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Disclaimer:  These are not my eggs…er…um…our chicken’s eggs rather. πŸ˜‰ A friend gifted them to us.  They are French Copper Maran eggs, and I may just need a hen or two like this.


When we moved, years ago, we started out with just shy of five acres.  In the Ozarks…five acres is a farm…so we had a few feet to go. Since then when have added more acreage and have a farm of about sixteen and a half acres.  Just enough for us.  We have a few head of cattle, a few goats, a donkey, a miniature horse, chickens, and dogs and cats. Our farm has grown over the last few years.  This may actually be a sort of warning to you. We started with chickens.


Chickens are addicting.  We started by ordering those little balls of fluff from the feed store.  Do you have Chick Days in your neck of the woods?  Well…we do.  We raised them in the garage…caring for them and wiping their little hineys if needed.  (It’s so much easier to have a momma lay the eggs, hatch them, and take care of her own kids.) Even though we would order all pullets, except one, we would usually wind up with a few roosters in the mix.  The excitement came when it was time to turn them out into their brand new chicken yard. They were so cute running around out there.

We now have a wide assortment and even some little Polish gals with the wild “hair.”  My brother gave us those and they are so sweet.  Such good tempered hens.  We get lots of enjoyment out of our chickens.  They are fun to watch in the summer evenings, before they go to bed. When you have your own chickens, as long as they aren’t molting and are laying steady, you always have something to eat.  I remember my delight in skipping the egg cooler at the grocery store.  I felt very self-sufficient.  lol!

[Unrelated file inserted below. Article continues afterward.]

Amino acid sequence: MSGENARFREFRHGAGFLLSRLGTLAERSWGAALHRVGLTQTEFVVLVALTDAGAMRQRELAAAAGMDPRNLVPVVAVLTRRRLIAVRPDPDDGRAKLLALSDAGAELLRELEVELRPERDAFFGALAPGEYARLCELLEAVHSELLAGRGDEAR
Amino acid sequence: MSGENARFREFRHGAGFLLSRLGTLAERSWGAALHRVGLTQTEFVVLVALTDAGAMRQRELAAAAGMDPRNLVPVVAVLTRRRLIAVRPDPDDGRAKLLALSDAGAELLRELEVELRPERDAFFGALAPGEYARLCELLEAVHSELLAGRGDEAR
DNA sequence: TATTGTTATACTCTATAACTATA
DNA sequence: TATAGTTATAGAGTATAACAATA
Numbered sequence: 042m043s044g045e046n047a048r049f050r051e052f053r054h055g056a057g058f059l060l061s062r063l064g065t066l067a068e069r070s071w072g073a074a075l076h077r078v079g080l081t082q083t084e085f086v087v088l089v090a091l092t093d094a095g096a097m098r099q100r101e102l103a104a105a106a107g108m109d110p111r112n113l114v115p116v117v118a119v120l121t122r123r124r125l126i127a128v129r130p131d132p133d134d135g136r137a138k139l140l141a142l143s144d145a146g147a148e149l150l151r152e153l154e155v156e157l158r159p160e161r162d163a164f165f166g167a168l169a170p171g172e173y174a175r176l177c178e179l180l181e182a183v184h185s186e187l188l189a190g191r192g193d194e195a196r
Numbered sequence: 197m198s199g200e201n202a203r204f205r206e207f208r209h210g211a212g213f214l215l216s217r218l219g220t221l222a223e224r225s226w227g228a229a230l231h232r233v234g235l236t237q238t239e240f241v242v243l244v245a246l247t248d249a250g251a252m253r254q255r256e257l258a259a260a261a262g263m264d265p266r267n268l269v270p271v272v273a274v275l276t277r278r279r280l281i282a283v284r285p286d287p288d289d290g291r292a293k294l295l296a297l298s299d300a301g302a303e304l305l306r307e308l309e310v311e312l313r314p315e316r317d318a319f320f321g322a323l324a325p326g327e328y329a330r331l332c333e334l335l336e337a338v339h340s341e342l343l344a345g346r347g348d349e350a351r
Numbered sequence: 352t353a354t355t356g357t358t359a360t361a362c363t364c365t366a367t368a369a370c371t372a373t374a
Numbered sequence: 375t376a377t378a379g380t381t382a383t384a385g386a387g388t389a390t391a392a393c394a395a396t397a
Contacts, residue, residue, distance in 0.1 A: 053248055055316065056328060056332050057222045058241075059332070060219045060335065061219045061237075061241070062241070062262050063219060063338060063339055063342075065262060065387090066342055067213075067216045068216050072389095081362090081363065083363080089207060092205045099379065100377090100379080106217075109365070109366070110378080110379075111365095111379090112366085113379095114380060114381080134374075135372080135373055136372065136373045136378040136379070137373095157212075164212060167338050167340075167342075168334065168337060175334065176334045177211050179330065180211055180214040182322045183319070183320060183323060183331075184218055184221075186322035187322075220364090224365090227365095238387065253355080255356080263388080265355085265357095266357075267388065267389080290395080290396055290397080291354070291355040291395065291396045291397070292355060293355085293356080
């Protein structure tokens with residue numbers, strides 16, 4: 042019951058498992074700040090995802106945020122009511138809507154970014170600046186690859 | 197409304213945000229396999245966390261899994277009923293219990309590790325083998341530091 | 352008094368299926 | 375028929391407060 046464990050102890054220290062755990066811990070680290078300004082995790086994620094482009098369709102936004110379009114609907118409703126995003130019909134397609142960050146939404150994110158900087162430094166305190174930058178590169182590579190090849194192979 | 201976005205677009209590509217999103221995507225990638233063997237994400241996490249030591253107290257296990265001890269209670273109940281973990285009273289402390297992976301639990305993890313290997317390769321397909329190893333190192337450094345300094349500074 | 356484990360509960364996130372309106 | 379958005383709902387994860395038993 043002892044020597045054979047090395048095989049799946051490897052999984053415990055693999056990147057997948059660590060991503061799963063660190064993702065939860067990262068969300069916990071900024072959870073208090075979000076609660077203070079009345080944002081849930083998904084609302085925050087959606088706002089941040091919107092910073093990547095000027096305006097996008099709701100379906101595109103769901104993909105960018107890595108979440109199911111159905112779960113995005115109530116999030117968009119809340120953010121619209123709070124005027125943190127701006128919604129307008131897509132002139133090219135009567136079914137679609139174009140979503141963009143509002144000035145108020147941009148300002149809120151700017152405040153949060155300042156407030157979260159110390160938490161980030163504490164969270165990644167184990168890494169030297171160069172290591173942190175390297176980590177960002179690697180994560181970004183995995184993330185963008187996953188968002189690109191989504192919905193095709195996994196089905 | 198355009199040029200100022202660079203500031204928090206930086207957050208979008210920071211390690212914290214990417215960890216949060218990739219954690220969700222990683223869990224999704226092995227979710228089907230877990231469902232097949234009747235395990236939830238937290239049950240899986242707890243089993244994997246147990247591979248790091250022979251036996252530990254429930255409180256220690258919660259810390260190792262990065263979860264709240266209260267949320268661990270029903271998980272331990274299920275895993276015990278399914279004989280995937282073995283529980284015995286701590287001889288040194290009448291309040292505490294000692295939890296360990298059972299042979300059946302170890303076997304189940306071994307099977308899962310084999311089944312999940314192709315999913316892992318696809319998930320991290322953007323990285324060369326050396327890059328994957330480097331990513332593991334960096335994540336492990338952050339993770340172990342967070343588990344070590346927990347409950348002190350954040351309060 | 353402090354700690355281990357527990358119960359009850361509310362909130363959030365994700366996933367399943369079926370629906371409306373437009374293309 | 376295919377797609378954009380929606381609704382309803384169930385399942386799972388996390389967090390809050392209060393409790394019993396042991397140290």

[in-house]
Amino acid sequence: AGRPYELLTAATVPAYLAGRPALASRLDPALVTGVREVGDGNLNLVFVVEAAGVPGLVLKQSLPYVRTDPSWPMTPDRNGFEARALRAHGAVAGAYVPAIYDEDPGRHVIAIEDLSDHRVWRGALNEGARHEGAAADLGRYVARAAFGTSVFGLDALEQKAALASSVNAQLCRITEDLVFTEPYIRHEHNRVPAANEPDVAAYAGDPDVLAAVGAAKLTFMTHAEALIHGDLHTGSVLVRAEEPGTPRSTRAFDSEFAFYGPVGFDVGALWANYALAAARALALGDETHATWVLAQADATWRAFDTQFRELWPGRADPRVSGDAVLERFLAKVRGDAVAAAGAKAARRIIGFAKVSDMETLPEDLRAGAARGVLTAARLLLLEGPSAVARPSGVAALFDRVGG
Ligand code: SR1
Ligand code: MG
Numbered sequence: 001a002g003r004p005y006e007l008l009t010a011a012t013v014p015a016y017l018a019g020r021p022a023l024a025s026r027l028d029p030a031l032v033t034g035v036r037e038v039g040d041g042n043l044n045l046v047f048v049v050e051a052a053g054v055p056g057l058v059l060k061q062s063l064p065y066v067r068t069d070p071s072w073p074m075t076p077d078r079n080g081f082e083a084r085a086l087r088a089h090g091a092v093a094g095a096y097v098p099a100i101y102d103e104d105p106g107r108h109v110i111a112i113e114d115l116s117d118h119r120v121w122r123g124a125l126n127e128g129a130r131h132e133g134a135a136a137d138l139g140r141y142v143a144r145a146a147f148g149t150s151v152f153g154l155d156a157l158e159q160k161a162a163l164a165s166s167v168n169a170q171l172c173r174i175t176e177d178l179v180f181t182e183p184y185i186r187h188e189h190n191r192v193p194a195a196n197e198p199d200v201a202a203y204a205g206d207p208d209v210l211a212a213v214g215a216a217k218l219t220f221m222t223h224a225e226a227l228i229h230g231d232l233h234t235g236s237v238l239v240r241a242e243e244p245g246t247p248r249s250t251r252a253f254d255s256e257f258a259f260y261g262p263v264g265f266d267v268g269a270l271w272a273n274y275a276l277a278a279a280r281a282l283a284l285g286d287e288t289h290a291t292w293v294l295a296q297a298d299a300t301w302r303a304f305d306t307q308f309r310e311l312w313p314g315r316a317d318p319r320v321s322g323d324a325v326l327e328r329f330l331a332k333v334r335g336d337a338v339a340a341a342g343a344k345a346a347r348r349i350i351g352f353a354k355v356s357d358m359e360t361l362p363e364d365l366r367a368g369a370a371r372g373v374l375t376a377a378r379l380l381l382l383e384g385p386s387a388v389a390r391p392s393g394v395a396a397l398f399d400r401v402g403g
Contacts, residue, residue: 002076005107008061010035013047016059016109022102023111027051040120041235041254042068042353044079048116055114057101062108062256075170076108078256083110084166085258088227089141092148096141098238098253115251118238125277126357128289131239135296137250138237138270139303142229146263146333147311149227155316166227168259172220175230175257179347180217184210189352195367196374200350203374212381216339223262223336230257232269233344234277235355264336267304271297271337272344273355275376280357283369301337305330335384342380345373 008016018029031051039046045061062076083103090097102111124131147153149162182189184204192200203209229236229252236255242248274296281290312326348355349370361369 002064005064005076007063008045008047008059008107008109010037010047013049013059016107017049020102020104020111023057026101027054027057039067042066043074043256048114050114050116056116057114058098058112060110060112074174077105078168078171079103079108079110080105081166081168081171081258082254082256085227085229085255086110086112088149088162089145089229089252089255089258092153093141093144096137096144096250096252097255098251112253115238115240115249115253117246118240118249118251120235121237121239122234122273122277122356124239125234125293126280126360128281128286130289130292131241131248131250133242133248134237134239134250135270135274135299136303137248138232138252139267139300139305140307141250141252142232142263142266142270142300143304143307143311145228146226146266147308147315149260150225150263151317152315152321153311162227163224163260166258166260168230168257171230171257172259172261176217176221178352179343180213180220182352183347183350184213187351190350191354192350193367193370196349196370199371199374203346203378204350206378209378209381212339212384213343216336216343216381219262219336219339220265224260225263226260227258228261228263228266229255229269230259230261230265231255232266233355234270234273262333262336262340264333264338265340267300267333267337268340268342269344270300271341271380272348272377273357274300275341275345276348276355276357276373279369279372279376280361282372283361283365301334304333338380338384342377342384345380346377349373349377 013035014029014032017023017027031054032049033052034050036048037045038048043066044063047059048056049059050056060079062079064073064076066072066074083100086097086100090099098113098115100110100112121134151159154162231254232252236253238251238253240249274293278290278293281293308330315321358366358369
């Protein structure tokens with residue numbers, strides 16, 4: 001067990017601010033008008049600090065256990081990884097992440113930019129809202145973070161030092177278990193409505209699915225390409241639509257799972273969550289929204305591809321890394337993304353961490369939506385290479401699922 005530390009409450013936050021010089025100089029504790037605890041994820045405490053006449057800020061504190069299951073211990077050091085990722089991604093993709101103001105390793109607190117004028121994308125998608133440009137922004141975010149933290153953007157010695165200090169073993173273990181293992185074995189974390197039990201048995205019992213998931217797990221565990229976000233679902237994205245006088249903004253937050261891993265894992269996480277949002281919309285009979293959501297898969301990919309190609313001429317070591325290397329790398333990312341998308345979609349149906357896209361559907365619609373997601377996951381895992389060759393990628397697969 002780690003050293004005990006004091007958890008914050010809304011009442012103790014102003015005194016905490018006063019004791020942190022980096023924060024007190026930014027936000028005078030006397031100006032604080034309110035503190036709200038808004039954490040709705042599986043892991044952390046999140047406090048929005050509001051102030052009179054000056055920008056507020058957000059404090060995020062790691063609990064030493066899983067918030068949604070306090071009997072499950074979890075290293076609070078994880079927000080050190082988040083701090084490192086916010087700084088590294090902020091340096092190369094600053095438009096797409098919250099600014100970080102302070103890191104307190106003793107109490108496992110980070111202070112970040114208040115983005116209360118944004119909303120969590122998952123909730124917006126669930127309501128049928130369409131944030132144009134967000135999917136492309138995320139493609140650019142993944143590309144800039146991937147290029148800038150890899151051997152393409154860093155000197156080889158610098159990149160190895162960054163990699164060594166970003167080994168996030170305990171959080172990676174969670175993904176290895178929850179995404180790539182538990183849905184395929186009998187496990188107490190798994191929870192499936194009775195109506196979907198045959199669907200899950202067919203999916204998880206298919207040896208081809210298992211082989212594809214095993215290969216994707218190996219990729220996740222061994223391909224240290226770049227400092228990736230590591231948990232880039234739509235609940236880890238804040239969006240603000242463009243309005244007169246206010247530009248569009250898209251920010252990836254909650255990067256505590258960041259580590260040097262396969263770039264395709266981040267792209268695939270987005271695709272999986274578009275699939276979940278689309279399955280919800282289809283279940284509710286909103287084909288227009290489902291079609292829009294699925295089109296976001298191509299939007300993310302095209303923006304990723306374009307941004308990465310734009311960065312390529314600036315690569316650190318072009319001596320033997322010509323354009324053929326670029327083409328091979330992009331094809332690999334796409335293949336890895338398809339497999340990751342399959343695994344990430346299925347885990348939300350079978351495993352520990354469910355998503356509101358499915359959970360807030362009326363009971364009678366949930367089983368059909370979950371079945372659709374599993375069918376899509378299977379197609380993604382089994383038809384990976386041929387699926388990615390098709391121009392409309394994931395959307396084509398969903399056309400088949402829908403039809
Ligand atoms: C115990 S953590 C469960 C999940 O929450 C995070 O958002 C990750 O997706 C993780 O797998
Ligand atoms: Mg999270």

I think that it’s wonderful how farming is catching back on in this generation.  We live in a very rural community, so it has always been a way of life around here.  All of our grandparents farmed at some point.  You actually don’t go very far here without running into a farmer of some sort.  Even folks that don’t have any stock, or live in town, a lot of them raise a garden.  That is some of the toughest farming that there is.  Some folks even raise a tomato plant or two in a five gallon bucket.  I love that.  I love to see the light in their eyes when they talk about how well their “crop” has done. We raise a pretty good sized garden here and I preserve lots of things.  It’s one of my favorite things about country life.



Did you know that you don’t have to live out in the sticks to raise a few chickens?  Of course you did!  I believe, in our town, that you can have hens but not roosters and there is a limit on how many.  So even if you don’t want a lot of acreage to farm and take care of, you can still have a few hens to lay eggs for your family.



Our chickens are big scrap eaters.  That makes me feel great!  I hate wasting things, so even the vegetable scraps or leftovers…the chickens go nuts over.  They love old fruit and things like that too.  We even feed them our old pumpkins after Thanksgiving.  It is rumored in the organic community that this helps with worming the chickens.


I hope that if you are thinking of adding chickens to your farm that this has encouraged you.  We enjoy ours so much and are very thankful for them actually.  It’s funny how all of these critters just seem to be a part of your family after awhile. This farm life…it’s so much deeper than some realize.  It speaks to your heart in ways that you never imagined.  God is good to do things like that for us.

Love from the Farmhouse,